No traveler to South East Asia gets too far without experiencing a ”tuktuk”.
“What is a tuk-tuk?” you ask: well, it is a three-wheeled motorized rickshaw that is named after the putt-putting sound of their little engines.
The sound of spluttering and beeping tuk-tuks fills the air in most reasonably sized cities as they are maneuverable and can often zigzag their way around traffic making them a faster transport option.
Siem Reap is not immune to the omnipotence of the tuk-tuk; there are many of them tearing around town madly delivering tourists from one place to another.
What You Need To Know About Tuk-tuks
Tuk-tuks tend to be a popular choice for tourists who are often quite taken with their cuteness and novelty factor. But before you go jumping in one of them there are a few things you should know.
Tuktuks do not have meters. The price of the journey must be decided before you get on board.
Be warned, the initial price they offer is likely to be well over what it should be. Before you go anywhere near a tuk-tuk it is a great idea is to ask locals such as hotel or restaurant staff for the rough prices of the journeys you plan to make.
Build in a cushion amount for the amplified price that is generally charged to tourists and you will have an idea of what you should reasonably pay.
Some tuk-tuk drivers handle the road like Eval Knievel on crack. Asian traffic tends to be a little more relaxed about road rules than what most westerners are used to. You will get somewhat accustomed to their kamikaze driving style after a few harrowing journeys.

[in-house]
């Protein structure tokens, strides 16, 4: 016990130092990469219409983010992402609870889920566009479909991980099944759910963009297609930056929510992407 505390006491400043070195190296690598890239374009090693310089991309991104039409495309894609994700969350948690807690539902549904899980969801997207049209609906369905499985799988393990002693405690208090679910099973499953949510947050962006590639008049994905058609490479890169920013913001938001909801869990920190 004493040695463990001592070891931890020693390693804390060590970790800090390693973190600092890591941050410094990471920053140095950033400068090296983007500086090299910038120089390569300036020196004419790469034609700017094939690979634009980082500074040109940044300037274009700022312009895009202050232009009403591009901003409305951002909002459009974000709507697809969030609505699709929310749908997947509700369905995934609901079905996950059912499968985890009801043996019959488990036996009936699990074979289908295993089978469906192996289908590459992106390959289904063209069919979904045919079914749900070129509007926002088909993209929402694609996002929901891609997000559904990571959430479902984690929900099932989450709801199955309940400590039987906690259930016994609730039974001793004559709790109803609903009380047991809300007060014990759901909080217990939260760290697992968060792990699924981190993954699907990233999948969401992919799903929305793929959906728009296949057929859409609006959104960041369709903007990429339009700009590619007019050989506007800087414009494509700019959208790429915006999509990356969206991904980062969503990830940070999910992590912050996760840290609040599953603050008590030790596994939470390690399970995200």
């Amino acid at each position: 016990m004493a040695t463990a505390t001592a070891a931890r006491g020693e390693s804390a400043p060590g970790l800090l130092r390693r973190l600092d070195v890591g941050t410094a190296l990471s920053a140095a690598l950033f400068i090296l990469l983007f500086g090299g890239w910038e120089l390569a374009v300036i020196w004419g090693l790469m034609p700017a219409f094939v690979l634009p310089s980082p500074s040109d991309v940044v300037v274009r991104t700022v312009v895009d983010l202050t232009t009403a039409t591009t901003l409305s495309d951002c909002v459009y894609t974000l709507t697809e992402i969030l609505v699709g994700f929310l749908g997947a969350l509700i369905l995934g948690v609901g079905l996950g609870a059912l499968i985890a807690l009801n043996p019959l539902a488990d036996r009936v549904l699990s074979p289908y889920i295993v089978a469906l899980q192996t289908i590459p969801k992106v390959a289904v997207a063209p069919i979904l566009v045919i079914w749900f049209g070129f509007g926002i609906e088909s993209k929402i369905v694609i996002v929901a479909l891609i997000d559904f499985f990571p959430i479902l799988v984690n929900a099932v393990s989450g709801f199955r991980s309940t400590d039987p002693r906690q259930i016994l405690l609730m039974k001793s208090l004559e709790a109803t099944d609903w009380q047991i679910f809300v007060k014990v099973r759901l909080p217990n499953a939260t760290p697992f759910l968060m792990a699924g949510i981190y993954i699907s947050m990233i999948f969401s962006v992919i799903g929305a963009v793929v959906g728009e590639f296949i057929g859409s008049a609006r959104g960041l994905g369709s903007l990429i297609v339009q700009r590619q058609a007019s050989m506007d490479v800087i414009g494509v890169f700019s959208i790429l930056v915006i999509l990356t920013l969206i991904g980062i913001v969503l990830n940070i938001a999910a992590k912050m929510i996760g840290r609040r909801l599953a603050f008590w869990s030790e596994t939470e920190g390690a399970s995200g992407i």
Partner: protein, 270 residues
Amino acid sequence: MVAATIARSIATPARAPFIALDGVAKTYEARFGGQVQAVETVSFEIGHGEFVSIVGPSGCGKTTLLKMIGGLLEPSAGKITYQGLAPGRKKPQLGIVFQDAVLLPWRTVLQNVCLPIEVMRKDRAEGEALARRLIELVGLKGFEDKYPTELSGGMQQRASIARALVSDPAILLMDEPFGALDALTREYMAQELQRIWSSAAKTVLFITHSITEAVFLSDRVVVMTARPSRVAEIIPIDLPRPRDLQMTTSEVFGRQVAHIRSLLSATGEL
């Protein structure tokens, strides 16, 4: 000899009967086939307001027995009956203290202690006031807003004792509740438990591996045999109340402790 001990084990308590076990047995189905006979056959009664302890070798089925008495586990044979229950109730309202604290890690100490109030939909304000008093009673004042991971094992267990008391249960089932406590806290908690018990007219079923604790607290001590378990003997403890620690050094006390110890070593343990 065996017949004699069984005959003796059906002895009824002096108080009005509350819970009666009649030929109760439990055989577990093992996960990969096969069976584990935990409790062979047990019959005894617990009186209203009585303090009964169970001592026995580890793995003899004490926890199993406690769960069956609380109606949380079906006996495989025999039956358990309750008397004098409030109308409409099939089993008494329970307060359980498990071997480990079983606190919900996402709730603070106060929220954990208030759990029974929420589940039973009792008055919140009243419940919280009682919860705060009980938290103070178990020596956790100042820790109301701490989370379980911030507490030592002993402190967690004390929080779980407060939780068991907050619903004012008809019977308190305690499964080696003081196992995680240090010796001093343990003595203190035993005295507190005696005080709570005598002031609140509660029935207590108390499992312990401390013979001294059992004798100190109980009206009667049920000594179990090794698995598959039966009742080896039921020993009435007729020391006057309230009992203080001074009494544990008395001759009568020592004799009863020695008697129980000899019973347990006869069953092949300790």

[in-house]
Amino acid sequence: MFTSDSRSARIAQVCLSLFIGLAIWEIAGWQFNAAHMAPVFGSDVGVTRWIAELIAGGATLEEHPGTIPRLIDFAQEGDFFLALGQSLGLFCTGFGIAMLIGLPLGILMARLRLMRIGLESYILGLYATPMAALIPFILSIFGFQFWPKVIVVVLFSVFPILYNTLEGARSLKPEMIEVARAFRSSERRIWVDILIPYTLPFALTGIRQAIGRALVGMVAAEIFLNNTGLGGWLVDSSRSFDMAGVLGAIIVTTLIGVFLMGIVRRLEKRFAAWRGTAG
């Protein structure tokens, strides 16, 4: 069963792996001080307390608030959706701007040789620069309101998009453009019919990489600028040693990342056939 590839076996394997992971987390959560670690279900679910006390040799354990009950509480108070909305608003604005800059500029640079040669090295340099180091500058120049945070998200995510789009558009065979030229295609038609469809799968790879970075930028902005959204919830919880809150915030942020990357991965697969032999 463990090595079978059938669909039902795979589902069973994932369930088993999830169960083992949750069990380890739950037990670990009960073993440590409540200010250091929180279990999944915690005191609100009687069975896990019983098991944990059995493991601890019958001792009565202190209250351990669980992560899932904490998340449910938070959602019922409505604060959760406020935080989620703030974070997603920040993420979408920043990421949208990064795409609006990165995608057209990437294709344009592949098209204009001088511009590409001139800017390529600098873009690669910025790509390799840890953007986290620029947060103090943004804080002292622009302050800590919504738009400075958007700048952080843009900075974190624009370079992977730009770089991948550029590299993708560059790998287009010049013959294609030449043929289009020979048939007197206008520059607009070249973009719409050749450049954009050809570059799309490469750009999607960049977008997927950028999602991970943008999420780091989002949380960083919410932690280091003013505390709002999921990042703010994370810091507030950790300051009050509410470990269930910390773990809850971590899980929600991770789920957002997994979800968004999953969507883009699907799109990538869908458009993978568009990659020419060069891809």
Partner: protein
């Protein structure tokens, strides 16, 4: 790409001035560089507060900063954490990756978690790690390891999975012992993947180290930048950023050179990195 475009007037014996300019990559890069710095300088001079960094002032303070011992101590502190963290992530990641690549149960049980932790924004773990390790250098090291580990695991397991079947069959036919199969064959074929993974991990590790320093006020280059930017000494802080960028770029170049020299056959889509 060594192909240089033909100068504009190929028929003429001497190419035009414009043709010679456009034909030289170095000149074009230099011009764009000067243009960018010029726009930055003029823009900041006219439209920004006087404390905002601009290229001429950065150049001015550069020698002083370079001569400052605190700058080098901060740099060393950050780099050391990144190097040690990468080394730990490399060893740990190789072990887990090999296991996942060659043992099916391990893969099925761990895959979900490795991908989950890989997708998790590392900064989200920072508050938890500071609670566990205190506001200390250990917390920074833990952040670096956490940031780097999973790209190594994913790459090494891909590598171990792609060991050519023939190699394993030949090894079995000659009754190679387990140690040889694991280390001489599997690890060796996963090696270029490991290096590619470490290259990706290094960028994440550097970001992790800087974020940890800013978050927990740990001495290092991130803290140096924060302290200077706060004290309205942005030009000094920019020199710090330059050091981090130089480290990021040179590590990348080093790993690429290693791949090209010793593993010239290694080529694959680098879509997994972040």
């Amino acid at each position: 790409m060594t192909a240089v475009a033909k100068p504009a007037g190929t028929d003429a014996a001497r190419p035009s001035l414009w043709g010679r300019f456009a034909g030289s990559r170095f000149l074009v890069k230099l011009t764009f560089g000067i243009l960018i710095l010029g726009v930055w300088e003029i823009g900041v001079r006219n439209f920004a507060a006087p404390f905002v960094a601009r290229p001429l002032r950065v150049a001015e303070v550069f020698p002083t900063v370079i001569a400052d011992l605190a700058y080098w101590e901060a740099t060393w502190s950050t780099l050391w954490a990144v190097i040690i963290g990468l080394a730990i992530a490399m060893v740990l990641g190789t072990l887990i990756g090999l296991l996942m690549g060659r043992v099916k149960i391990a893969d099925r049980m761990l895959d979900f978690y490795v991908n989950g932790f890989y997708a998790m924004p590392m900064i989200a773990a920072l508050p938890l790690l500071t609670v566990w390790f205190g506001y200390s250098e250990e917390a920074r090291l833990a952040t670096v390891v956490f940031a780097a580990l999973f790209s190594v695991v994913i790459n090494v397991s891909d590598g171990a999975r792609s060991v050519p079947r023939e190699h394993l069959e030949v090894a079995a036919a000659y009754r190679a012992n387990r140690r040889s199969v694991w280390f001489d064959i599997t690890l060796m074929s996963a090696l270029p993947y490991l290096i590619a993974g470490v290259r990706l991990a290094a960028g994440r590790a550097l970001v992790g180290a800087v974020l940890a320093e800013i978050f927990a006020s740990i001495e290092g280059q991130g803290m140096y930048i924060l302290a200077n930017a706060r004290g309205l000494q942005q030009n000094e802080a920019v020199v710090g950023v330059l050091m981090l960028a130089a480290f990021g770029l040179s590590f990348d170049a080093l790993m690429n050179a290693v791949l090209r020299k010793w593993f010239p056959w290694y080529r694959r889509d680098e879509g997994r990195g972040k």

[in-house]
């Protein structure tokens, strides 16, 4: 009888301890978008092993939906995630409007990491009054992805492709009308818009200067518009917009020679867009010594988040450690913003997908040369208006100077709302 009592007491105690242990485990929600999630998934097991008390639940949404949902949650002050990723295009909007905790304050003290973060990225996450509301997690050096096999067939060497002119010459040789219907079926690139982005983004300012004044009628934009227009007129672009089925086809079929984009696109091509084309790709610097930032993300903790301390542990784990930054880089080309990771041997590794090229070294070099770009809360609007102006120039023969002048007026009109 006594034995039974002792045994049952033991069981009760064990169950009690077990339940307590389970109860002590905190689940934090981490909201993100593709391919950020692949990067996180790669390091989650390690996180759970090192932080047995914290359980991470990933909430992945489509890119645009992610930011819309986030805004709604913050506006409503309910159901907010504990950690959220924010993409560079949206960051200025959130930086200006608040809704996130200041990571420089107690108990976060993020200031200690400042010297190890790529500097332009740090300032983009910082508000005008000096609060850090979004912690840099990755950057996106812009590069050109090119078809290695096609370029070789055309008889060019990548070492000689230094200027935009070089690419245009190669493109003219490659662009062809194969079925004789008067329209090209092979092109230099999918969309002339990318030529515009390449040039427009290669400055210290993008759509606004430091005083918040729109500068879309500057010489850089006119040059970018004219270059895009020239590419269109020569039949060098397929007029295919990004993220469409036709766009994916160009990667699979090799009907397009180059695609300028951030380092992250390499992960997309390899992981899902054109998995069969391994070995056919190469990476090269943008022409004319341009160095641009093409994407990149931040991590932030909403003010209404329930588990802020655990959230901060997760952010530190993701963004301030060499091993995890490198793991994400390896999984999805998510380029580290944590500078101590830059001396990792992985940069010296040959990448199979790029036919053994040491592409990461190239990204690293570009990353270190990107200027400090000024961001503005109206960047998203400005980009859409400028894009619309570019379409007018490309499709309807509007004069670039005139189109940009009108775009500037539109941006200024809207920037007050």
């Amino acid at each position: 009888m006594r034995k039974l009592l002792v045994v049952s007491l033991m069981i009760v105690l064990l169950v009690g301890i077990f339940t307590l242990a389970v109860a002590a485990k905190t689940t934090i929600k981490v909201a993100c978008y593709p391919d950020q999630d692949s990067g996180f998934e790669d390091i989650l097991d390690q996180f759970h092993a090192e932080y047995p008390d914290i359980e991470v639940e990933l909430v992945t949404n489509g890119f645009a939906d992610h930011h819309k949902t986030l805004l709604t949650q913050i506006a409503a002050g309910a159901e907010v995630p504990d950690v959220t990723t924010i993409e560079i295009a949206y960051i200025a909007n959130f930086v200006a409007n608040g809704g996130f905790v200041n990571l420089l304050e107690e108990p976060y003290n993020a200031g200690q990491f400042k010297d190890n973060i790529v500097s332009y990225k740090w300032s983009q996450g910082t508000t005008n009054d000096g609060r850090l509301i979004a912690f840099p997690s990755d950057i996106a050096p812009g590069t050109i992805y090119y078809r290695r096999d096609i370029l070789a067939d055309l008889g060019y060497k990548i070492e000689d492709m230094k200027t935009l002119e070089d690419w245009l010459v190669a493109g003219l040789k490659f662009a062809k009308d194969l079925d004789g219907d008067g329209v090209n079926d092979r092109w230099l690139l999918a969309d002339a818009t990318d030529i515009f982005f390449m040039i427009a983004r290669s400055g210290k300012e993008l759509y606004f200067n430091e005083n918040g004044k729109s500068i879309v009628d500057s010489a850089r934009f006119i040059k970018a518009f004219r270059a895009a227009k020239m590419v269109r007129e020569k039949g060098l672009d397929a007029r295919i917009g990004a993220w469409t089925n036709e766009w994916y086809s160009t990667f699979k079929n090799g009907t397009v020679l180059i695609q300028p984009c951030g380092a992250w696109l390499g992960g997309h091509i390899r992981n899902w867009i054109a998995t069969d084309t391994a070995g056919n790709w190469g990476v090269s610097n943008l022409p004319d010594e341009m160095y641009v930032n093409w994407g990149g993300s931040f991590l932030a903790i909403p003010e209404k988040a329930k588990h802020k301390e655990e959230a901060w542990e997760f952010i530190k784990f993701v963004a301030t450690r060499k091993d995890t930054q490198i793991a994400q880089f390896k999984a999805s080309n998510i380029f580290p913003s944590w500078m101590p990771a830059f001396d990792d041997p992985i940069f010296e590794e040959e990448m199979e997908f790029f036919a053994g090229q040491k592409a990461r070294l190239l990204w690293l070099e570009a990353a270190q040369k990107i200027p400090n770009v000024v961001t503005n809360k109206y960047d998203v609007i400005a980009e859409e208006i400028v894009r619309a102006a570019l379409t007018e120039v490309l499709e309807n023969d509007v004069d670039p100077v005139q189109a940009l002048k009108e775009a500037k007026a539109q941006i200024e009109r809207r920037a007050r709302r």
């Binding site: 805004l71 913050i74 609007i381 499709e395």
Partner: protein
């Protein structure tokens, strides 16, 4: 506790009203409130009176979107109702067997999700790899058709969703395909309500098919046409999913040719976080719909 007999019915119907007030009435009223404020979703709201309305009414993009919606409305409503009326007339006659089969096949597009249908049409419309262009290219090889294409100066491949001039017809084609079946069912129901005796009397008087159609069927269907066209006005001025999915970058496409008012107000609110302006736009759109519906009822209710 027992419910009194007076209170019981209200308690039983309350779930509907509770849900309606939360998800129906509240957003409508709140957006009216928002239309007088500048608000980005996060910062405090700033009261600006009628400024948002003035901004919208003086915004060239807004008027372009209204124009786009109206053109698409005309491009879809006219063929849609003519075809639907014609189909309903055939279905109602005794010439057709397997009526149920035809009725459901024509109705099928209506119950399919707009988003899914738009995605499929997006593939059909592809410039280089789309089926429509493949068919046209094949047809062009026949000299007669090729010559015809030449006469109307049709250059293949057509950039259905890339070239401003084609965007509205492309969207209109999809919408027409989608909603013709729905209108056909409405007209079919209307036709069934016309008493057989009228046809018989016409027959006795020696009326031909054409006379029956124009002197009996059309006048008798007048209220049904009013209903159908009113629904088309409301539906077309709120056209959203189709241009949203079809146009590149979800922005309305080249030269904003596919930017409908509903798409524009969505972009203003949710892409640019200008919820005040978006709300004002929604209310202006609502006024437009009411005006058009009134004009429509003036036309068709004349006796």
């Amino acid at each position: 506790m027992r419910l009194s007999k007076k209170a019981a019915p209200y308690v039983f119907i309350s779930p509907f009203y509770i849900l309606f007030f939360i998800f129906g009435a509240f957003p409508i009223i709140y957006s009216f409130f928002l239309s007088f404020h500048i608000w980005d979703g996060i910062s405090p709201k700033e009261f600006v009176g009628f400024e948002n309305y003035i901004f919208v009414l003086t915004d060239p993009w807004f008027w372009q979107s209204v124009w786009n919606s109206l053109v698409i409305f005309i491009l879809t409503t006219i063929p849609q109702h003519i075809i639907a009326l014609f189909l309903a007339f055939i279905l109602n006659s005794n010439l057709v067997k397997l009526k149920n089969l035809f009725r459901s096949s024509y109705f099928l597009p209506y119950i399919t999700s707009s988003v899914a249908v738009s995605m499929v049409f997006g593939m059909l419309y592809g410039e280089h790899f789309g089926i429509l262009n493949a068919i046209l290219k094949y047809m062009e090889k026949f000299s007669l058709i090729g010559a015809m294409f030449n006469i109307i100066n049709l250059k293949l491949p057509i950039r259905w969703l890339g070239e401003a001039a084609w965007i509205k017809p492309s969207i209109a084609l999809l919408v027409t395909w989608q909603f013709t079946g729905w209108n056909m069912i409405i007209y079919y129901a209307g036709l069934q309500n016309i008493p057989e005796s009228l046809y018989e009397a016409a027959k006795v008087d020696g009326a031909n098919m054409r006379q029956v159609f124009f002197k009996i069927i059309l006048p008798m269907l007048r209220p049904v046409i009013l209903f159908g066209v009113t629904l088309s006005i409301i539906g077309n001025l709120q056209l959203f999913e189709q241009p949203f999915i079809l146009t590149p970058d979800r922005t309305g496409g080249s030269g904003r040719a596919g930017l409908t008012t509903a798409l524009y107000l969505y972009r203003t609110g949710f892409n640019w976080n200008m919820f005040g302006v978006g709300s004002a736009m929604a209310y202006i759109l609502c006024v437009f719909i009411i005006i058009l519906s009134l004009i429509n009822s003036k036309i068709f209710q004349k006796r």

If you can’t handle dodging traffic like a lunatic then either close your eyes and hold on, or politely tap the driver and ask him to slow down a little. Fortunately since Siem Reap does not experience the same traffic problems as large cities, the drivers tend to be a little less intense in their driving styles and you are unlikely to disembark with new grey hairs.
A tuk-tuk is a great way to see Siem Reap and tour the temples of the Angkor Wat complex. Another common way for tourists to get about Siem Reap is by hiring motor cycle drivers, but a tuktuk affords you protection from the searing heat of the sun while providing a breeze at the same time and with the flaps down you are protected from the rain.
Remembering the reason that they are called tuk-tuks, you can probably imagine that the vehicles are not capable of achieving great speeds. This means that you can easily catch a good view of the scenery as you zip along.
So in short…
There are plenty of tuktuk drivers around Siem Reap that are happy to negotiate a good price for a whole day or a few days of touring.
Many of the tuk-tuk drivers can speak at least a few words of English and there are others that speak very good English and can act as competent tour guides.
If you do hire them for a whole day, it is worth remembering that they may not have any money to buy lunch with if you are planning to pay them at the end of the day. Either paying them a proportion of the fee up front, or shouting them to lunch is a good idea. A driver high on the smell of gas fumes emitted from the tuk-tuk and hunger is not a good combination.
Tuk-tuks are a convenient way to see Siem Reap and no trip to Southeast Asia would be complete without a tuktuk experience.